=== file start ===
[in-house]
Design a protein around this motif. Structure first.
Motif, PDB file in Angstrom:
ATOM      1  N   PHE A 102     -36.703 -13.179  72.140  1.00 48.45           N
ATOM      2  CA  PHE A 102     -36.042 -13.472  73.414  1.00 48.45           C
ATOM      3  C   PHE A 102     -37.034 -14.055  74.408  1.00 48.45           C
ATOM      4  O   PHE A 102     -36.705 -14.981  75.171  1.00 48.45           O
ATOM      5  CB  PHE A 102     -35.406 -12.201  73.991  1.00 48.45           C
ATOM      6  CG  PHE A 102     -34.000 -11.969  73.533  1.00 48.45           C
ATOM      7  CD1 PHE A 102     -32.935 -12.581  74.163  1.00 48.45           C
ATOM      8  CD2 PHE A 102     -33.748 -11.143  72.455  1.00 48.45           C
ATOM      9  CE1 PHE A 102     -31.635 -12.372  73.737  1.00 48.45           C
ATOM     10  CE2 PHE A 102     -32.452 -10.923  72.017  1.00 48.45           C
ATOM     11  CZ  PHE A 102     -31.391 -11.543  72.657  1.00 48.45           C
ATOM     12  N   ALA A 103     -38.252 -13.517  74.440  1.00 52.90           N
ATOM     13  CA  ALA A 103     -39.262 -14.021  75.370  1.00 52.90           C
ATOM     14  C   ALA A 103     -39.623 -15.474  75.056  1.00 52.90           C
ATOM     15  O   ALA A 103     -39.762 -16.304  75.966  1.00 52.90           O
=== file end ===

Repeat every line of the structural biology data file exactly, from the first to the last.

[in-house]
Design a protein around this motif. Structure first.
Motif, PDB file in Angstrom:
ATOM      1  N   PHE A 102     -36.703 -13.179  72.140  1.00 48.45           N
ATOM      2  CA  PHE A 102     -36.042 -13.472  73.414  1.00 48.45           C
ATOM      3  C   PHE A 102     -37.034 -14.055  74.408  1.00 48.45           C
ATOM      4  O   PHE A 102     -36.705 -14.981  75.171  1.00 48.45           O
ATOM      5  CB  PHE A 102     -35.406 -12.201  73.991  1.00 48.45           C
ATOM      6  CG  PHE A 102     -34.000 -11.969  73.533  1.00 48.45           C
ATOM      7  CD1 PHE A 102     -32.935 -12.581  74.163  1.00 48.45           C
ATOM      8  CD2 PHE A 102     -33.748 -11.143  72.455  1.00 48.45           C
ATOM      9  CE1 PHE A 102     -31.635 -12.372  73.737  1.00 48.45           C
ATOM     10  CE2 PHE A 102     -32.452 -10.923  72.017  1.00 48.45           C
ATOM     11  CZ  PHE A 102     -31.391 -11.543  72.657  1.00 48.45           C
ATOM     12  N   ALA A 103     -38.252 -13.517  74.440  1.00 52.90           N
ATOM     13  CA  ALA A 103     -39.262 -14.021  75.370  1.00 52.90           C
ATOM     14  C   ALA A 103     -39.623 -15.474  75.056  1.00 52.90           C
ATOM     15  O   ALA A 103     -39.762 -16.304  75.966  1.00 52.90           O